Remember Akili Smith, the mobile Oregon quarterback, selected by the Cincinnati Bengals as the third overall pick (and the third quarterback taken as well) in the 1999 NFL draft who was to be the anchor of that franchise for a decade or more to come?  I wouldn’t blame you if you did not.   After four years the Bengals let him go after only 17 starts.  By 2007, the only way to see Mr.  Smith play was by purchasing a Calgary Stampeders’ ticket.  And while we are talking about mobile dual threat NFL quarterbacks with the last name of Smith, what of former Heisman winning quarterback Troy Smith of The Ohio State University?  The former athlete converted to quarterback, drafted in the fifth round of the NFL draft by the Baltimore Ravens in 2007, didn’t wait to get to the NFL to begin his struggles.  Facing a college defense with NFL type talent, Smith was part of an Ohio State Buckeyes team that was torched by the Gators in BCS title game by the tune of 41-14, not once using that Heisman winning mobility to escape a sack that this guy remembers.  Troy now resides second on the Forty-Niners depth chart, unable to wrestle the job away from another quarterback flop named Smith.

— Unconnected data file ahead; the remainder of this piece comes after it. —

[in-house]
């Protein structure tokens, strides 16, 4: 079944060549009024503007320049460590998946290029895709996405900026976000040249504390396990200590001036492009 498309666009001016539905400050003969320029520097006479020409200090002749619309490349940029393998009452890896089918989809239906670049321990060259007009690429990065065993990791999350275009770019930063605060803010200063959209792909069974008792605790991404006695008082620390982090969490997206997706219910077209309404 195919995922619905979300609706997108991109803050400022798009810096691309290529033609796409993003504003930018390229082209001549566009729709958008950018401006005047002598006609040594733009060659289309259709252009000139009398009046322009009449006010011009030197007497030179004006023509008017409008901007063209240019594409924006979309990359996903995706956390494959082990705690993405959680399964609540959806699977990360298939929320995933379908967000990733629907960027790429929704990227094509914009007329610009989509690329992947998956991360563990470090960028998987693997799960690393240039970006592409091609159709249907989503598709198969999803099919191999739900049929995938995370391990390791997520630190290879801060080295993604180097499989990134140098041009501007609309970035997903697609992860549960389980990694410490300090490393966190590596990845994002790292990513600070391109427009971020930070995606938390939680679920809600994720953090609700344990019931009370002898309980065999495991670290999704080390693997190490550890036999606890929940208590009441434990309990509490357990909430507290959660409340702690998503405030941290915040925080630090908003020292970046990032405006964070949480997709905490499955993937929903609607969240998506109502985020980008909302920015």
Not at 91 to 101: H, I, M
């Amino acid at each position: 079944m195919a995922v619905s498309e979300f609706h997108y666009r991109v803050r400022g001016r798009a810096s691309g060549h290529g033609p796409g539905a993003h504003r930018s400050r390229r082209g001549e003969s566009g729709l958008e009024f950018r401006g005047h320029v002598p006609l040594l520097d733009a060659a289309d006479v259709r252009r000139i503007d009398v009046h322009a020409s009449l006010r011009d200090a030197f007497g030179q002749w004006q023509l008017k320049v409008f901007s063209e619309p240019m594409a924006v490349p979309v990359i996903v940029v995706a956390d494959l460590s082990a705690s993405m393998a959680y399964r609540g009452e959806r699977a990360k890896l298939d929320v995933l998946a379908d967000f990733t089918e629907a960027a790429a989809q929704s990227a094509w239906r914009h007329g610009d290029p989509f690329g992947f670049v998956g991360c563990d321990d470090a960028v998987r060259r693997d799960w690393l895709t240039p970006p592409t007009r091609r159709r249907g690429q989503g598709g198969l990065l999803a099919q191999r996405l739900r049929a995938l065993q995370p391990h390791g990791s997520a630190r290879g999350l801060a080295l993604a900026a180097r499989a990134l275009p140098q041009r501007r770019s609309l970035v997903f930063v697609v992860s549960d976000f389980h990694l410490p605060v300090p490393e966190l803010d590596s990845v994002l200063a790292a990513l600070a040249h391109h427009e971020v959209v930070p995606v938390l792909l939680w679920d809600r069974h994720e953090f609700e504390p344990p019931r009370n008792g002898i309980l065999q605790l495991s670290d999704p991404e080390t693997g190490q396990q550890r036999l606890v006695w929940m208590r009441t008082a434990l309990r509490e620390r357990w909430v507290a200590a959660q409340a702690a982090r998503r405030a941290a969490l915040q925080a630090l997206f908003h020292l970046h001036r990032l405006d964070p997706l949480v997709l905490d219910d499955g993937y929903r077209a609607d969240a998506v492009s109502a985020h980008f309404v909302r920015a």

While Vince Young’s performance in the 2006 Rose Bowl was legendary, his professional career has been less than stellar.

And what column on mobile quarterbacks would be complete without a discussion of Jamarcus Russell (nicknamed “Off the Marcus” Russell by one of my favorite columnists, Jason Whitlock)?  In High School, as a sophomore, Russell completed 219-of-372 passes for 3,332 yards and 22 touchdowns, and rushed for another 400 yards and five touchdowns.  The Raiders fell in love with his size, strong arm, and mobility (by the time he was drafted, it was believed Russell was more of a pocket passer but the scouting report still suggested he could use mobility to pick up first downs and escape the pressure, at least until he ballooned up to offensive lineman size that is), and drafted Russell number one overall in the 2007 draft, signing him to a six year $68 million dollar contract.  For their investment, Jamarcus started 31 games completing barely more than fifty percent of his passes (52.1), while throwing 18 TD passes and 23 interceptions.  On May 6, 2008, the Raiders cut the overweight JaMarcus Russell, essentially without a contingency plan.